THE BLOG

The Real Earnings of an Average Barrister

15/11/2013 11:34 | Updated 23 January 2014

There has been much in the press recently regarding how much barristers can expect to receive from their criminal work - many figures of which I feel are totally misleading. The best way to illustrate this is with a personal example which shows that in the line of duty many barristers work for very little, or even nothing at all.

Mr Smith (not his real name), a person of good character was working as a general support officer for a London housing association. His job involved moving items from one place to another, general maintenance work as well as other assorted tasks which he may be given to perform. Problems arose when four laptop computers went missing from their server room. An investigation commenced, he was suspended, the police brought in and charges and a dismissal followed in quick succession.

He appeared before the magistrate's court, elected trial by jury and the case was duly committed to the Crown court where I attended all the hearings. Essentially, he admitted taking the computers from the server room, but said that he had dropped them off at another location within the company. Further, he did this on the direct instructions left for him by another within the company. The prosecution case was somewhat different. They contended that the housing association had a strict policy regarding the movements of technical equipment, with requests for transfers being in a particular form, documented and being issued by a certain department alone. They said that as the relevant department had not made a proper and documented request, Mr Smith could not have received any such request and he must therefore be lying.

After two years of legal battles, the prosecution offered no evidence and Mr Smith left court an innocent man. During the course of this matter I had attended court on seven occasions, drafted a defence statement, drafted submissions re disclosure, prepared jury bundles, considered Mr Smith's instructions and perused literally thousands of emails as well as preparing for trial twice. Conservatively, I imagine the case took about 60 hours of preparation spread amongst evenings and weekends, together with the actual seven days of court work. My fee paid for all of the above - £194.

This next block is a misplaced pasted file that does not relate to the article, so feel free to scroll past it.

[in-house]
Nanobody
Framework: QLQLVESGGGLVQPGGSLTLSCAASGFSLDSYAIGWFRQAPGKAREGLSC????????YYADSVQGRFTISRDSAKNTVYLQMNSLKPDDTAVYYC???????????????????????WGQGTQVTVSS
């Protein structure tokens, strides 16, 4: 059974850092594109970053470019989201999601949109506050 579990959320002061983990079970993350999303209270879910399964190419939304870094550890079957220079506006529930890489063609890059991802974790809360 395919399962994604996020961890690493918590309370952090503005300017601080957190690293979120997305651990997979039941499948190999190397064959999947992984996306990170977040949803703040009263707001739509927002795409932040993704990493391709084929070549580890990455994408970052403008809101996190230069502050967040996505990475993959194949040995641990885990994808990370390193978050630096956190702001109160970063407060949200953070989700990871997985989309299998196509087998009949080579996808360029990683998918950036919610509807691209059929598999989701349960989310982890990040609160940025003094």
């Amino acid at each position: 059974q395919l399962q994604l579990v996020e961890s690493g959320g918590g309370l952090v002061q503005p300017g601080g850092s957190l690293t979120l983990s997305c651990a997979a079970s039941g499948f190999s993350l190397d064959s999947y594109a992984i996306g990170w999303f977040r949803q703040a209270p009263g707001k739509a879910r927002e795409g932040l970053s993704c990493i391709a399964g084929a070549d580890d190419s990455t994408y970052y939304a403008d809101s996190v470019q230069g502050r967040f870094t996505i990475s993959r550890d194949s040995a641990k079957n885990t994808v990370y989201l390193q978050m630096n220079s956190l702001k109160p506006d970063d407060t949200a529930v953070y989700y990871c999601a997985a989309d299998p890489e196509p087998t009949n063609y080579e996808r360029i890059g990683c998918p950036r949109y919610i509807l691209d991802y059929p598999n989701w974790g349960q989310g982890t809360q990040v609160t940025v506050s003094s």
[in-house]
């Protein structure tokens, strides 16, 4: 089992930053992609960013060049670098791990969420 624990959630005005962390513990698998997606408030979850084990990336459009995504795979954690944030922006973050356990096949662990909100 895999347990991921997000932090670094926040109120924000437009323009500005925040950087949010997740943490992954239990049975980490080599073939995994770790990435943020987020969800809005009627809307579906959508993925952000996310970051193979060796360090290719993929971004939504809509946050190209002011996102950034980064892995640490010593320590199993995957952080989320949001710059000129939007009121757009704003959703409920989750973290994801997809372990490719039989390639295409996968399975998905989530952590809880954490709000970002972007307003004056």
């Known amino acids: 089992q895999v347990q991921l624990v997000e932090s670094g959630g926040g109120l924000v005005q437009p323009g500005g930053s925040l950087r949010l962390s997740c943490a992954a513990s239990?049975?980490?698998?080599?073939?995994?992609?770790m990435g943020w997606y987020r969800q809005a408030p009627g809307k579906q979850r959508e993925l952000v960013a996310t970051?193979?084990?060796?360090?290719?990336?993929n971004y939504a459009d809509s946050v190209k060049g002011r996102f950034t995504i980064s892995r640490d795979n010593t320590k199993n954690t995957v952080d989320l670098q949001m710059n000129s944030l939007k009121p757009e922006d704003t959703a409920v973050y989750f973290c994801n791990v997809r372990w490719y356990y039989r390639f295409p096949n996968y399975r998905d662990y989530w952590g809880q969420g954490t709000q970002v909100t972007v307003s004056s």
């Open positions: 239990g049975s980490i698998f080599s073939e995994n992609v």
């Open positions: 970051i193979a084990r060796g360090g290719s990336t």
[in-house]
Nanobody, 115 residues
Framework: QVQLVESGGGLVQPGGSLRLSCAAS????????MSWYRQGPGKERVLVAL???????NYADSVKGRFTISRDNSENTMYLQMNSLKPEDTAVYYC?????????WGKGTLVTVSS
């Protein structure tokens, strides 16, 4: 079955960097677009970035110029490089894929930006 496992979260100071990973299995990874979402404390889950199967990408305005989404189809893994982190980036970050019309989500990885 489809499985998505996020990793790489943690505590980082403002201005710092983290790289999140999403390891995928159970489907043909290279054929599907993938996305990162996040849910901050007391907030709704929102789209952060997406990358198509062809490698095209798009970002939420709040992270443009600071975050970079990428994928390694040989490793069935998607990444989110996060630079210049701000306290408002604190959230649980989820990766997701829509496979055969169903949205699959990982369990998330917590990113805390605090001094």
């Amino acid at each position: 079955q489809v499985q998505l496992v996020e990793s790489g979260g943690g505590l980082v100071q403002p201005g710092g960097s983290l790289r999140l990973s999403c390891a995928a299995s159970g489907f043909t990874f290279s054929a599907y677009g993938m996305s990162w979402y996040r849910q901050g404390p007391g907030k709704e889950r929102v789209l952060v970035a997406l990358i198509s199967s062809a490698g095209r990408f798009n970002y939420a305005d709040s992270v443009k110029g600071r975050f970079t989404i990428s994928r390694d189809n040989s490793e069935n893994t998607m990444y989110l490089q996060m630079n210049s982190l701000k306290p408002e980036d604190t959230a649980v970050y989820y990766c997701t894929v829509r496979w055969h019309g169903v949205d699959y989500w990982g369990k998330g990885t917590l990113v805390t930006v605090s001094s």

Paragraph 9, Schedule 1 of the remuneration regulations provides that where a defendant elects for the case to be tried in the Crown Court and subsequently the case does not proceed to trial, either by reason of guilty pleas or otherwise, a fixed fee of £194 will be payable - no matter how much work is involved.

The rationale for this rule is obvious. Crown Court trials can be expensive. Penalising advocates whose clients elect Crown Court trials is designed to incentivise advocates to persuade clients to plead guilty, or stay within the Magistrates Court. If they don't, the advocate knows he will lose money. To my mind, a system which builds in a conflict of interest between the advocates pay and his professional duty to his client is wrong.

What's worse, are the current proposals to transform legal aid which embrace such incentives and seek to impose them throughout the system, introducing measures which reward a quick result over the right result. It seems that justice must no longer be seen to be done, but seen to be cheap.

It costs me £10.60 a day to get to Southwark Crown Court by tube. I had to pay £100 to a fellow member of chambers who covered my double booked PCMH. Out of the £194, I have to pay my chambers and clerks a total of 14 per cent - £27.16. We do not get paid for preparation or for out of court work. We do not get paid for considering unused material, however voluminous. Looking on the bright side however, although I was paid nothing for the preparation, that beats what I was paid for my court work where I had to pay for the privilege of working. My fee for the court work was a kingly -£7.36. That's right I pay for the privilege of working.

The truth is, often it is a privilege to do this job. In securing a not guilty verdict for an innocent man, one has the rare opportunity to impact on lives in a positive way. Is it so wrong though, to expect to be paid something for doing such work? In doing this work, do I deserve to be called a fat cat? Is it really fair, or in any way justifiable to cut our fees a further 17.5-30% if the latest legal aid 'reforms' go through?